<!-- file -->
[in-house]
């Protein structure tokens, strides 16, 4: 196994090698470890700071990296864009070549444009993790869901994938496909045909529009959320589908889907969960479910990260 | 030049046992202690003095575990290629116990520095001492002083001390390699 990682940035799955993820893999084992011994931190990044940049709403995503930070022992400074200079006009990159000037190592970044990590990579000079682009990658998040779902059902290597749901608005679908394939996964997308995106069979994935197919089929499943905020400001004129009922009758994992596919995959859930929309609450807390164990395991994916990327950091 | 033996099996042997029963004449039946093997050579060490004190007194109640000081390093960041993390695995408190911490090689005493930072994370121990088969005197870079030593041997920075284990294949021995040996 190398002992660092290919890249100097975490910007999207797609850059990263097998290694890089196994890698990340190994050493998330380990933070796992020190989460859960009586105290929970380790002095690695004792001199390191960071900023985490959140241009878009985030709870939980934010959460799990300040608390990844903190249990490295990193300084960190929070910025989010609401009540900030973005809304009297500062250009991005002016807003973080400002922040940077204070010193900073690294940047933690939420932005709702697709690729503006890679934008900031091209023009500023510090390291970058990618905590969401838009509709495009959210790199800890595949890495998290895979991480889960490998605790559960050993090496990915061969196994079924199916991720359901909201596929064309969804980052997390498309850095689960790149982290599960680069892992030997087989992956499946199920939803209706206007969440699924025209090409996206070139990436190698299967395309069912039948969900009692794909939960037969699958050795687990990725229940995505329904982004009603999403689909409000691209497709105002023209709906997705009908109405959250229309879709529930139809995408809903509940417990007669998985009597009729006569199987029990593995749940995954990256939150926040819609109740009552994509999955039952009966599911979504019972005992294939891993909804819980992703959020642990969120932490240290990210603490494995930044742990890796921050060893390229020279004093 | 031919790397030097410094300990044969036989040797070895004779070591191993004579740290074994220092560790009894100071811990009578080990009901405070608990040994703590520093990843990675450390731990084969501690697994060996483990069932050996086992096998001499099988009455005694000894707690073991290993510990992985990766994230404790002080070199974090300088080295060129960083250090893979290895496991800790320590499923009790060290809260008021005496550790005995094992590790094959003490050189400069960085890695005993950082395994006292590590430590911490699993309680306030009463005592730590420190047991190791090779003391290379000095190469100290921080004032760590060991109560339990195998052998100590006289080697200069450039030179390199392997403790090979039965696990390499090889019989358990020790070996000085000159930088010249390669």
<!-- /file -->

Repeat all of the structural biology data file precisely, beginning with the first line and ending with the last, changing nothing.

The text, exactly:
[in-house]
């Protein structure tokens, strides 16, 4: 196994090698470890700071990296864009070549444009993790869901994938496909045909529009959320589908889907969960479910990260 | 030049046992202690003095575990290629116990520095001492002083001390390699 990682940035799955993820893999084992011994931190990044940049709403995503930070022992400074200079006009990159000037190592970044990590990579000079682009990658998040779902059902290597749901608005679908394939996964997308995106069979994935197919089929499943905020400001004129009922009758994992596919995959859930929309609450807390164990395991994916990327950091 | 033996099996042997029963004449039946093997050579060490004190007194109640000081390093960041993390695995408190911490090689005493930072994370121990088969005197870079030593041997920075284990294949021995040996 190398002992660092290919890249100097975490910007999207797609850059990263097998290694890089196994890698990340190994050493998330380990933070796992020190989460859960009586105290929970380790002095690695004792001199390191960071900023985490959140241009878009985030709870939980934010959460799990300040608390990844903190249990490295990193300084960190929070910025989010609401009540900030973005809304009297500062250009991005002016807003973080400002922040940077204070010193900073690294940047933690939420932005709702697709690729503006890679934008900031091209023009500023510090390291970058990618905590969401838009509709495009959210790199800890595949890495998290895979991480889960490998605790559960050993090496990915061969196994079924199916991720359901909201596929064309969804980052997390498309850095689960790149982290599960680069892992030997087989992956499946199920939803209706206007969440699924025209090409996206070139990436190698299967395309069912039948969900009692794909939960037969699958050795687990990725229940995505329904982004009603999403689909409000691209497709105002023209709906997705009908109405959250229309879709529930139809995408809903509940417990007669998985009597009729006569199987029990593995749940995954990256939150926040819609109740009552994509999955039952009966599911979504019972005992294939891993909804819980992703959020642990969120932490240290990210603490494995930044742990890796921050060893390229020279004093 | 031919790397030097410094300990044969036989040797070895004779070591191993004579740290074994220092560790009894100071811990009578080990009901405070608990040994703590520093990843990675450390731990084969501690697994060996483990069932050996086992096998001499099988009455005694000894707690073991290993510990992985990766994230404790002080070199974090300088080295060129960083250090893979290895496991800790320590499923009790060290809260008021005496550790005995094992590790094959003490050189400069960085890695005993950082395994006292590590430590911490699993309680306030009463005592730590420190047991190791090779003391290379000095190469100290921080004032760590060991109560339990195998052998100590006289080697200069450039030179390199392997403790090979039965696990390499090889019989358990020790070996000085000159930088010249390669």